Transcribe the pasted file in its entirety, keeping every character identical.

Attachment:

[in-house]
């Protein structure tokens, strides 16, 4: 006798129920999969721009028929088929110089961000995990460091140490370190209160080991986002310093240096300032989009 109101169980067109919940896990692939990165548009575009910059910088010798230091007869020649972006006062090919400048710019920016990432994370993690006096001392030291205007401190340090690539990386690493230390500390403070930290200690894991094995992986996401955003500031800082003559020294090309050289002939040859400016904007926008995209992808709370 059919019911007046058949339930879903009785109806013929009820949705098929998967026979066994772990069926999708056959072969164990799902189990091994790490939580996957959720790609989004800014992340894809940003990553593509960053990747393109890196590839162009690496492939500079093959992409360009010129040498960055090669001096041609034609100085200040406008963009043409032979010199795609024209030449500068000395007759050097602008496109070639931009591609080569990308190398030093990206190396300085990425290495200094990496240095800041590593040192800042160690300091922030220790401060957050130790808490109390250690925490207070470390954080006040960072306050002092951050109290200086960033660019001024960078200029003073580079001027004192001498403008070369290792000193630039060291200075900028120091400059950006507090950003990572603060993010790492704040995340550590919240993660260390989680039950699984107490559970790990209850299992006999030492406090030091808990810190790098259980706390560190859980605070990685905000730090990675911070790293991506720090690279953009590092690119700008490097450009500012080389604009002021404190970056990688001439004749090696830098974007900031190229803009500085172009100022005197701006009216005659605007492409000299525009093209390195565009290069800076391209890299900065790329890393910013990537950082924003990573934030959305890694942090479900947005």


[in-house]
């Protein structure tokens, strides 16, 4: 006798129920999969721009028929088929110089961000995990460091140490370190209160080991986002310093240096300032989009 109101169980067109919940896990692939990165548009575009910059910088010798230091007869020649972006006062090919400048710019920016990432994370993690006096001392030291205007401190340090690539990386690493230390500390403070930290200690894991094995992986996401955003500031800082003559020294090309050289002939040859400016904007926008995209992808709370 059919019911007046058949339930879903009785109806013929009820949705098929998967026979066994772990069926999708056959072969164990799902189990091994790490939580996957959720790609989004800014992340894809940003990553593509960053990747393109890196590839162009690496492939500079093959992409360009010129040498960055090669001096041609034609100085200040406008963009043409032979010199795609024209030449500068000395007759050097602008496109070639931009591609080569990308190398030093990206190396300085990425290495200094990496240095800041590593040192800042160690300091922030220790401060957050130790808490109390250690925490207070470390954080006040960072306050002092951050109290200086960033660019001024960078200029003073580079001027004192001498403008070369290792000193630039060291200075900028120091400059950006507090950003990572603060993010790492704040995340550590919240993660260390989680039950699984107490559970790990209850299992006999030492406090030091808990810190790098259980706390560190859980605070990685905000730090990675911070790293991506720090690279953009590092690119700008490097450009500012080389604009002021404190970056990688001439004749090696830098974007900031190229803009500085172009100022005197701006009216005659605007492409000299525009093209390195565009290069800076391209890299900065790329890393910013990537950082924003990573934030959305890694942090479900947005």